Vajpayee began to privatise them. He achieved additional revenues to the government by sales. By improving their efficiency under private ownership, the sold enterprises added to the GDP. PPP is a good idea but poorly executed. Poorly drafted contracts, long periods of levellised, i.e. more or less fixed tariffs, delays by government departments in giving clearances, aggressive bidding at unviable tariffs by private parties, and the faults in implementation are legion. The result was poor progress with the new enterprises in adding to production, and with the high debt allowed to them, huge unproductive bank advances.
To work, it must be carefully redesigned. Apart from the contracts being redrafted, the fixed tariffs must be for a maximum period of 12 years, as required by the lenders. All government departments that have to give clearances must be set time-limits and pay penalties for delays. A statutorily-created regulator must clear each contract and monitor that the terms are not violated.
The government invested in heavy industry and infrastructure in the 1950s and 1960s because private enterprises could not raise funds. Foreign investment was taboo because the government was afraid of being dominated by the West. By the time Lal Bahadur Shastri became the PM, the conditions had changed and the government should have stopped investing in new industries; it should have begun to exit from those it had entered. Instead, it continued on the same path, and took over private enterprises in some sectors. These enterprises were controlled by bureaucrats. In many cases, they were the CMDs. In others, there might be a career professional in charge but he was heavily subservient to the ministry.
Even R&D was largely under the government. Modest successes apart, the government-owned laboratories contributed little. They might have been better off if they had worked under the Boards of private sector managers. The worst perhaps is the case of the DRDO. Hugely wasteful, delay prone and inefficient, it cost the nation both in the massive funds it needed, and in compelling imports of items it should have been able to design effectively for local manufacture.
There is another cost to the economy because of state ownership. In most states, IAS officers run electricity distribution enterprises. They have no career interest in the enterprise and are posted there for short periods. You have 30-year-olds bossing over grey haired superintending engineers with vast experience which the top man cannot understand. These enterprises have in the last few years accumulated almost R2,00,000 crore in losses. They are a drain on government finances and on the citizen. They prevent needed expenditure on infrastructure, health and education. We can generalise to say that every state-owned enterprise can do much better under private ownership.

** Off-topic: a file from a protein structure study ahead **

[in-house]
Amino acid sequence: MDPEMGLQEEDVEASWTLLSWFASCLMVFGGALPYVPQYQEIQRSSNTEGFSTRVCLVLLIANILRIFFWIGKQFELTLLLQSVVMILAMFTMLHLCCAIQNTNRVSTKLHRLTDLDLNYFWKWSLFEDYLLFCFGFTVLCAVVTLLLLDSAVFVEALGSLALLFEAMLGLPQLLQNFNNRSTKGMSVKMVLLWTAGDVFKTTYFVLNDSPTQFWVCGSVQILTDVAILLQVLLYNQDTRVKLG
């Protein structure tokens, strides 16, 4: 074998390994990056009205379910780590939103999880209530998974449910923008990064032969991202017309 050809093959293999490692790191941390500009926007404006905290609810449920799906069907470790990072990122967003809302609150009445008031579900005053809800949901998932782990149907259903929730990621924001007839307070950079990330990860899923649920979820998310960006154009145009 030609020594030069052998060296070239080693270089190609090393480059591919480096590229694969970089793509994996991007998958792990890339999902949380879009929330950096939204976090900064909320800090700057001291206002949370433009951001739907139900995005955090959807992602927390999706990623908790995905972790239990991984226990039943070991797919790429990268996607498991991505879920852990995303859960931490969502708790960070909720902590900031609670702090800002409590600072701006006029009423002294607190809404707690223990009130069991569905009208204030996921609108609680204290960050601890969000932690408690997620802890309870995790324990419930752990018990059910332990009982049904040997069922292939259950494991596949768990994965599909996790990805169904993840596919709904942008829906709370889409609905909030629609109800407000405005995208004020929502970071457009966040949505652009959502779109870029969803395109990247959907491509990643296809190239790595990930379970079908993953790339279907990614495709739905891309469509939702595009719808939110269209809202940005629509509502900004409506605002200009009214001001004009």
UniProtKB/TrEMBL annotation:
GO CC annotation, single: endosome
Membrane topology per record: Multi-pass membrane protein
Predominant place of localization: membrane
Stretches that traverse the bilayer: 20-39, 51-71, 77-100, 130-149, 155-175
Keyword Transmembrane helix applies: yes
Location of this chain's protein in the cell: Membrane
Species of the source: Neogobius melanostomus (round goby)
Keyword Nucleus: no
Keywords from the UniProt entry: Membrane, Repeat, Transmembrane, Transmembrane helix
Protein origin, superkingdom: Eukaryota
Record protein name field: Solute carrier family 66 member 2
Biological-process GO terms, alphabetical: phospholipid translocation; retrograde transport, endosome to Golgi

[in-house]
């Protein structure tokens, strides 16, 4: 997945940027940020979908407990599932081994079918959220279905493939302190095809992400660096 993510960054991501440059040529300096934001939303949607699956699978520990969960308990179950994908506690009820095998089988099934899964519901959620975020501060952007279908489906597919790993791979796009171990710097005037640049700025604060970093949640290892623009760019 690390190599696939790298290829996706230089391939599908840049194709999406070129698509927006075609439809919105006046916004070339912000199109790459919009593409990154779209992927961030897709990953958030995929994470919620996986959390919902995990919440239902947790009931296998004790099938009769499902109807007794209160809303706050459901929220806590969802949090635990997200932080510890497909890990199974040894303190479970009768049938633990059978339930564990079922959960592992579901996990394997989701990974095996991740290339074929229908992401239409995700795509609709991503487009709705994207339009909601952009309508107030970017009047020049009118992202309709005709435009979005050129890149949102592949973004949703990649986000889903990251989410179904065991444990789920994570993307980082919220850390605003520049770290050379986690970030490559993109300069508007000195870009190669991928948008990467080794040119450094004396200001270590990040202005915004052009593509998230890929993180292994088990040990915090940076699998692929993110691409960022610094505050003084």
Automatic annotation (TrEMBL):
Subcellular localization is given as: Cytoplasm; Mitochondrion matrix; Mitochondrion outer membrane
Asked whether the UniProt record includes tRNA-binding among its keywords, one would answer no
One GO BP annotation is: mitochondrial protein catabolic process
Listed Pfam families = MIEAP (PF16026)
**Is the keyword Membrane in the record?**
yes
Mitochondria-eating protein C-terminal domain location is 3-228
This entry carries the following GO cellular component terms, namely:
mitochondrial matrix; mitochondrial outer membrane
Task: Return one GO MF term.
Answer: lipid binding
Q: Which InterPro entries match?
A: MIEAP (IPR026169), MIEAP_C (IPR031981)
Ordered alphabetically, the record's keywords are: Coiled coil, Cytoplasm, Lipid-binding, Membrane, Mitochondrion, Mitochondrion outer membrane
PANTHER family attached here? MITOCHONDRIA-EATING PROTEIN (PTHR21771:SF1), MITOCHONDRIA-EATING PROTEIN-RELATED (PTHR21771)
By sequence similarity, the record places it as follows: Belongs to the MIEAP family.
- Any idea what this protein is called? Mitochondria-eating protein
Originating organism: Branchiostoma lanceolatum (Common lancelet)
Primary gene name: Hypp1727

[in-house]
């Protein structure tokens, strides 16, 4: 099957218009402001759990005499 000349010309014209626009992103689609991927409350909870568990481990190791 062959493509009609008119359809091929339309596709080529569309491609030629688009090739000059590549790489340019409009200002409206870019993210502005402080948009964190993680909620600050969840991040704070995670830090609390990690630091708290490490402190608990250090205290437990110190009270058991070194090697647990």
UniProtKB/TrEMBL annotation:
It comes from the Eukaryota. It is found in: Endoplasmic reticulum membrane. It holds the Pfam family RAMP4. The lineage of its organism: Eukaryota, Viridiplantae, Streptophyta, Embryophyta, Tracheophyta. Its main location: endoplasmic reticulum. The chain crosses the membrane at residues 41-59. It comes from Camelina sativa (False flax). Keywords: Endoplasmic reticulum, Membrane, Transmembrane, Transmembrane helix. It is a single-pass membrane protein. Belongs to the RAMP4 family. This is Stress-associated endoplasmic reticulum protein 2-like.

Government ownership leads to diversion of funds to privately benefit the top people running the enterprise. Air India is the best example where planes are bought without planning utilisation, valuable routes are given up, government officers get special benefits, maintenance of planes is atrocious, there is over-staffing and indiscipline, but the government continues to pump in large funds to continue the airliner. We see this incompetence also in the AAI, which builds atrocious airport terminals and provides poor service. The NHAI held back Indias progress because of delayed and poor quality roads and highways.
The UPA government planned ambitiously to raise the nuclear power generation capacity from less than 5,000 MW to 20,000 MW by 2020. There has been practically no progress. This is not only because of the Nuclear Liability Act that imposes undefined liabilities on foreign equipment suppliers. Nuclear energy generation requires vast investment. Our government cannot find these funds. Our nuclear scientists and the bureaucracy have consciously kept private and foreign investment out of nuclear generation. Targets will not be met. If others, including the US, can have private nuclear generation, why cant we
Coal output is held up because of incompetent management, no adherence to contracted supplies and with no penalty for default by suppliers, unregulated coal prices, backward technologies, and no accountability of bureaucrats and managers.
Gas production shortfalls have stranded over 15,000 MW of generation capacity. Private parties in collusion with government departments have cost the country much output and money. Defence equipment supplies are largely imported. This is because of inefficient R&D, and import agents who ensure that bureaucrats and politicians are motivated to stall domestic production and foreign investment. The list of government incompetence and disinterest in taking the country forward is endless.
We must open all areas to domestic and foreign investment and have bodies with wide scope and powers (not separate ones; for instance, in energy, separate ones for power, nuclear energy, etc, but combined), and with strong penal powers like those with the CCI. These bodies must be staffed by young, energetic, independent, courageous people, to regulate quality, prices, technology and distribution. It is possible for the economy to move forward if the government disbands state-owned enterprises, privatises them, regulates them independently, and uses the funds it gets for investments in infrastructure and human development.
The author is former director general, NCAER, and was the first chairman of CERC